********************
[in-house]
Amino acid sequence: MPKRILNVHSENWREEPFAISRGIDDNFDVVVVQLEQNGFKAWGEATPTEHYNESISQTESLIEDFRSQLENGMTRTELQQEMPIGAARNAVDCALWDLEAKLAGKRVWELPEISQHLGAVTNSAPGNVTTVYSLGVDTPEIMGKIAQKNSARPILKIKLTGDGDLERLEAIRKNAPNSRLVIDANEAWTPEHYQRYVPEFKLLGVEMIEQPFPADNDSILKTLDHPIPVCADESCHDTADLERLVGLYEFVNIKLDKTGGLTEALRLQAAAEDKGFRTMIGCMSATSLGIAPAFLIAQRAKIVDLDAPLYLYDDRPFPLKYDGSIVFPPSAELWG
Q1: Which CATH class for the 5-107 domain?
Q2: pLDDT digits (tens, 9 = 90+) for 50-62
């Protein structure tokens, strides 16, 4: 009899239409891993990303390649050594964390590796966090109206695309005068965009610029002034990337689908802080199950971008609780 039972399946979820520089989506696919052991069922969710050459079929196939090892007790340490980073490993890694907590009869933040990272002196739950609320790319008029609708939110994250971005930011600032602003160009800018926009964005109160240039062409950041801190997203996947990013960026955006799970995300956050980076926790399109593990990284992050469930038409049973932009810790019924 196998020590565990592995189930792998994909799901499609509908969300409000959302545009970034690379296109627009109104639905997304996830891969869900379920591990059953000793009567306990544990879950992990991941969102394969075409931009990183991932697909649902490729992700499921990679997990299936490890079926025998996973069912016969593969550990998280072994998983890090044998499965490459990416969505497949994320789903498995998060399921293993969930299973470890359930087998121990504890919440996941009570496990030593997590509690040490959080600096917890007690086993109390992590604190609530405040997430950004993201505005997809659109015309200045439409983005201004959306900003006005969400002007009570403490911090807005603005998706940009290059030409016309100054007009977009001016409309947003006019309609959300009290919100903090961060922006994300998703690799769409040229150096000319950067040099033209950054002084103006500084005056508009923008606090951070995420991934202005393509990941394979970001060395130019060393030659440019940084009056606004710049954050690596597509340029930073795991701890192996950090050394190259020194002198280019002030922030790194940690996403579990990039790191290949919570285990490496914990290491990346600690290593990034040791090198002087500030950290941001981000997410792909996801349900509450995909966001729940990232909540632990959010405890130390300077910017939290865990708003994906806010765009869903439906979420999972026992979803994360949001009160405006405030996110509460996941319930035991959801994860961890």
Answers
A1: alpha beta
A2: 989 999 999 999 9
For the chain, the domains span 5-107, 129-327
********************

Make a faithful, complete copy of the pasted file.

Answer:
[in-house]
Amino acid sequence: MPKRILNVHSENWREEPFAISRGIDDNFDVVVVQLEQNGFKAWGEATPTEHYNESISQTESLIEDFRSQLENGMTRTELQQEMPIGAARNAVDCALWDLEAKLAGKRVWELPEISQHLGAVTNSAPGNVTTVYSLGVDTPEIMGKIAQKNSARPILKIKLTGDGDLERLEAIRKNAPNSRLVIDANEAWTPEHYQRYVPEFKLLGVEMIEQPFPADNDSILKTLDHPIPVCADESCHDTADLERLVGLYEFVNIKLDKTGGLTEALRLQAAAEDKGFRTMIGCMSATSLGIAPAFLIAQRAKIVDLDAPLYLYDDRPFPLKYDGSIVFPPSAELWG
Q1: Which CATH class for the 5-107 domain?
Q2: pLDDT digits (tens, 9 = 90+) for 50-62
């Protein structure tokens, strides 16, 4: 009899239409891993990303390649050594964390590796966090109206695309005068965009610029002034990337689908802080199950971008609780 039972399946979820520089989506696919052991069922969710050459079929196939090892007790340490980073490993890694907590009869933040990272002196739950609320790319008029609708939110994250971005930011600032602003160009800018926009964005109160240039062409950041801190997203996947990013960026955006799970995300956050980076926790399109593990990284992050469930038409049973932009810790019924 196998020590565990592995189930792998994909799901499609509908969300409000959302545009970034690379296109627009109104639905997304996830891969869900379920591990059953000793009567306990544990879950992990991941969102394969075409931009990183991932697909649902490729992700499921990679997990299936490890079926025998996973069912016969593969550990998280072994998983890090044998499965490459990416969505497949994320789903498995998060399921293993969930299973470890359930087998121990504890919440996941009570496990030593997590509690040490959080600096917890007690086993109390992590604190609530405040997430950004993201505005997809659109015309200045439409983005201004959306900003006005969400002007009570403490911090807005603005998706940009290059030409016309100054007009977009001016409309947003006019309609959300009290919100903090961060922006994300998703690799769409040229150096000319950067040099033209950054002084103006500084005056508009923008606090951070995420991934202005393509990941394979970001060395130019060393030659440019940084009056606004710049954050690596597509340029930073795991701890192996950090050394190259020194002198280019002030922030790194940690996403579990990039790191290949919570285990490496914990290491990346600690290593990034040791090198002087500030950290941001981000997410792909996801349900509450995909966001729940990232909540632990959010405890130390300077910017939290865990708003994906806010765009869903439906979420999972026992979803994360949001009160405006405030996110509460996941319930035991959801994860961890």
Answers
A1: alpha beta
A2: 989 999 999 999 9
For the chain, the domains span 5-107, 129-327